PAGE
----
The Community Relations Council of the Jewish Federation of Greater Pittsburgh’s Crash Course to Unde-rstanding the Arab-Israeli Conflict will hold its next class, “The Arab-Israeli Conflict: From 1948 to 2014,” on Sunday, March 29 from 4 to 6 p.m. at Parkway Jewish Center, 300 Princeton Drive.

There is a $10 charge.

Contact Eric Probola at eprobola@ or 412-992-5247 for more information.

The Agency for Jewish Learning will hold a night of wine tasting paired with heavy hors d’oeuvres and a live auction featuring wines from Napa to the Negev, as well as lots from Nemacolin Woodlands Resort, Jamison Farm, Seven Springs and others. The Fruit of the Vine Festival will be held Sunday, March 29 at the Pittsburgh Opera headquarters, 2425 Liberty Ave., beginning with a VIP reception from 4 to 5 p.m.; the main event is 5 to 8 p.m.

Tickets are $100 per person. Dietary laws will be observed.

Visit for more information and tickets or call 412-521-1101, ext. 3207.

“Lemon Tree,” an award-winning film directed by Israeli director Eran Riklis, will be the last film of this year’s Rodef Shalom Sisterhood Movie Night series on Sunday, March 29 at 7:30 p.m. in Levy Hall. The Pittsburgh Area Jewish Committee and J-Street Pittsburgh will join with the Sisterhood to co-sponsor the showing.

The film tells the story of a Palestinian woman whose beautiful grove of lemon trees becomes a security threat when the Israeli defense minister builds his house next to the grove.

The film played in mainstream theaters around the country a few years ago, and was presented at international film festivals around the world. It won the Audience Award at the Berlin Film Festival in 2008 and the European Film Award at the San Sebastian Film Festival in 2008. The Sisterhood Movie Night series presented this film in 2010 and the Movie Night committee selected it as one of the standout films to celebrate the 10th anniversary of the series.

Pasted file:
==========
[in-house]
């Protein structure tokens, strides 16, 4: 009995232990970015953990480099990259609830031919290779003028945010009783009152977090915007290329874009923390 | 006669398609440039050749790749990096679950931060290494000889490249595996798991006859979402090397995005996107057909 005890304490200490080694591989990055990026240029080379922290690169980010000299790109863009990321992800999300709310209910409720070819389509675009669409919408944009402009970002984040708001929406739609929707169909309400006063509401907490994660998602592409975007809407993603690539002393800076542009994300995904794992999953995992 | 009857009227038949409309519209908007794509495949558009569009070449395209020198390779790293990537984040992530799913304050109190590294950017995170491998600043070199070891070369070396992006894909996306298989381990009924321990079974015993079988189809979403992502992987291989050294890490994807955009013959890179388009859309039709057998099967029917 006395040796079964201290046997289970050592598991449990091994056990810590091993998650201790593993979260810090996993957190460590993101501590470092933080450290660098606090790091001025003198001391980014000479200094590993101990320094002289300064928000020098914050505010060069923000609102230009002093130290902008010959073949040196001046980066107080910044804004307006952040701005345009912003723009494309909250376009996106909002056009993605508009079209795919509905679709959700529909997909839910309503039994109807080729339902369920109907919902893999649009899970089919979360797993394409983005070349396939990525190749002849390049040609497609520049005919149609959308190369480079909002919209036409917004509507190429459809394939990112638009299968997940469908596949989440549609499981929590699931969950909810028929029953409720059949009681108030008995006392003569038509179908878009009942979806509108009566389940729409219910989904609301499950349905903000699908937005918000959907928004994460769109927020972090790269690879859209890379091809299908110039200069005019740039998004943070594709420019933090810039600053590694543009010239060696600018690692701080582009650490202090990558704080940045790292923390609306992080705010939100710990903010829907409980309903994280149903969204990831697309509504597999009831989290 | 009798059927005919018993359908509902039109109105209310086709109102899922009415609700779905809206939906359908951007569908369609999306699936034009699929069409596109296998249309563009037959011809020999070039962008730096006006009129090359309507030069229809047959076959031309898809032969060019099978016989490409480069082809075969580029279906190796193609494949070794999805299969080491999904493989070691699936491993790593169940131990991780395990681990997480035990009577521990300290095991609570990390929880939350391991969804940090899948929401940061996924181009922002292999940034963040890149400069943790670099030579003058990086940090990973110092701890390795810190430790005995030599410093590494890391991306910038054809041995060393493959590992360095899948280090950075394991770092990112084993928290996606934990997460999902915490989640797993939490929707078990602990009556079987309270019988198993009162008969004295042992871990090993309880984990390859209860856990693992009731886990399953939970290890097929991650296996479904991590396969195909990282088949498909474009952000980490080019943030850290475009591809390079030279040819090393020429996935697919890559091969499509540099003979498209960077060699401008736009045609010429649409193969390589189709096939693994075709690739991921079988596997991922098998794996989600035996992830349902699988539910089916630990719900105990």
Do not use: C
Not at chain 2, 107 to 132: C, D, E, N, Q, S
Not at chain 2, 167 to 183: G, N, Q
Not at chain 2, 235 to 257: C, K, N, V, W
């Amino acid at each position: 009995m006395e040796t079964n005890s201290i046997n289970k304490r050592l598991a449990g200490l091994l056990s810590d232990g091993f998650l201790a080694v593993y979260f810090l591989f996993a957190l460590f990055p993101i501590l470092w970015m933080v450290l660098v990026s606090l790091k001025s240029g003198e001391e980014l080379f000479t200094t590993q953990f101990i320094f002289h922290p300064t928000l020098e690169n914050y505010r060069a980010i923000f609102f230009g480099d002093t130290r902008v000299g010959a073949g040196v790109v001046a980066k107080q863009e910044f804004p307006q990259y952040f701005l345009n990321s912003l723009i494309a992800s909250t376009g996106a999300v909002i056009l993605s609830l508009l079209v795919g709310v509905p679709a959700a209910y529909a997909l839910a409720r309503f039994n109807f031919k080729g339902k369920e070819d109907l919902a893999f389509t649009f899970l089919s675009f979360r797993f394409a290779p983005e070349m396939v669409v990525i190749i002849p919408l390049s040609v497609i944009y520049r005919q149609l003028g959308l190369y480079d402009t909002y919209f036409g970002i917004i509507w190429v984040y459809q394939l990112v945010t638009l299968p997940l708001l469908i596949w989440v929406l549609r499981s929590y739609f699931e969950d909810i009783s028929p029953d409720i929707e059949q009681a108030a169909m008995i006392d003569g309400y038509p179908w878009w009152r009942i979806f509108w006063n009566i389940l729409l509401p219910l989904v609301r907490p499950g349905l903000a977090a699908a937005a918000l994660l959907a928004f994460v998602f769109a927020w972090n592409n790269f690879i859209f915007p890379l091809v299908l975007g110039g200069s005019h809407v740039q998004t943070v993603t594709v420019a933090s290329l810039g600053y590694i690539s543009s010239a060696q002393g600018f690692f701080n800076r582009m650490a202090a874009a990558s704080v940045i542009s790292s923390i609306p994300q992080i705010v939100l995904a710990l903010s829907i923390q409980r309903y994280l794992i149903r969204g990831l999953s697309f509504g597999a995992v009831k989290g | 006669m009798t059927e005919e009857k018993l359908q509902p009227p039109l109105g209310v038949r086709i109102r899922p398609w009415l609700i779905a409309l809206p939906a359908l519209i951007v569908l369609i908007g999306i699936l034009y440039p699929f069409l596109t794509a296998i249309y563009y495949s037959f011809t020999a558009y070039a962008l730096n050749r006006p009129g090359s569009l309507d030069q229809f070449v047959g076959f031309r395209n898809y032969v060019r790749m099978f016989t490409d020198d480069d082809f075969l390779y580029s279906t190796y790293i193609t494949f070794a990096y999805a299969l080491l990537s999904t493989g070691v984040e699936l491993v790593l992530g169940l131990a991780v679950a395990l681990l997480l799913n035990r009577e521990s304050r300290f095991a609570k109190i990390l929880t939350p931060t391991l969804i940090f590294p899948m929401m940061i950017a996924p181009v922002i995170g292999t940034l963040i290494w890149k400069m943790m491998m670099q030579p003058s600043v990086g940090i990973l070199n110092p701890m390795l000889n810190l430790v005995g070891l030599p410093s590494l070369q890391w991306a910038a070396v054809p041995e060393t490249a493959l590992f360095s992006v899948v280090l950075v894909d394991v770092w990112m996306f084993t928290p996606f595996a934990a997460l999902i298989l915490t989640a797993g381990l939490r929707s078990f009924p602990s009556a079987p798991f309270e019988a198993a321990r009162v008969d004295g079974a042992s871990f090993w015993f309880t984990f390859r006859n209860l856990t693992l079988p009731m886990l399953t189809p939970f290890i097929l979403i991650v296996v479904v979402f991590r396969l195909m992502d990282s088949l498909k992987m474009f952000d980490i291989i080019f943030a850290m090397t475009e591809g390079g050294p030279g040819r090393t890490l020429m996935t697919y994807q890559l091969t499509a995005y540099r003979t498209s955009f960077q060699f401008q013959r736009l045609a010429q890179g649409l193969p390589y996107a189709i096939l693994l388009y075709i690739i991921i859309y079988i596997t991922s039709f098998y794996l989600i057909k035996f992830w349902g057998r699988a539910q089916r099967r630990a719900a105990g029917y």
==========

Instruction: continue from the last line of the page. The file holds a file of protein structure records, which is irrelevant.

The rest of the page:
The film is in Hebrew and Arabic with English subtitles. The screening is open to the community and there is no charge.

Temple Emanuel of South Hills welcomes the community to “Advocating for Israel Without Losing Friends,” a presentation by Karen Hochberg from the Pittsburgh American Jewish Committee, on Sunday, April 12 at 11 a.m. with questions and answers to follow.

Contact templeemanuel@temple or 412-279-7600 for more information.

Susan M. Melnick has accepted the position of director of the Small Town Jewish History Project at the Senator John Heinz History Center. The mission of the new project is to preserve the Jewish history of small towns in western Pennsylvania. As part of the new project, which is funded by grants, Melnick will collect records and photographs from congregations, organizations, families and businesses that reflect the history of Jewish life in those dwindling communities. The oral histories of those who lived there will also be recorded.

Melnick formerly served as the archivist for the Rauh Jewish Archives at the Heinz History Center.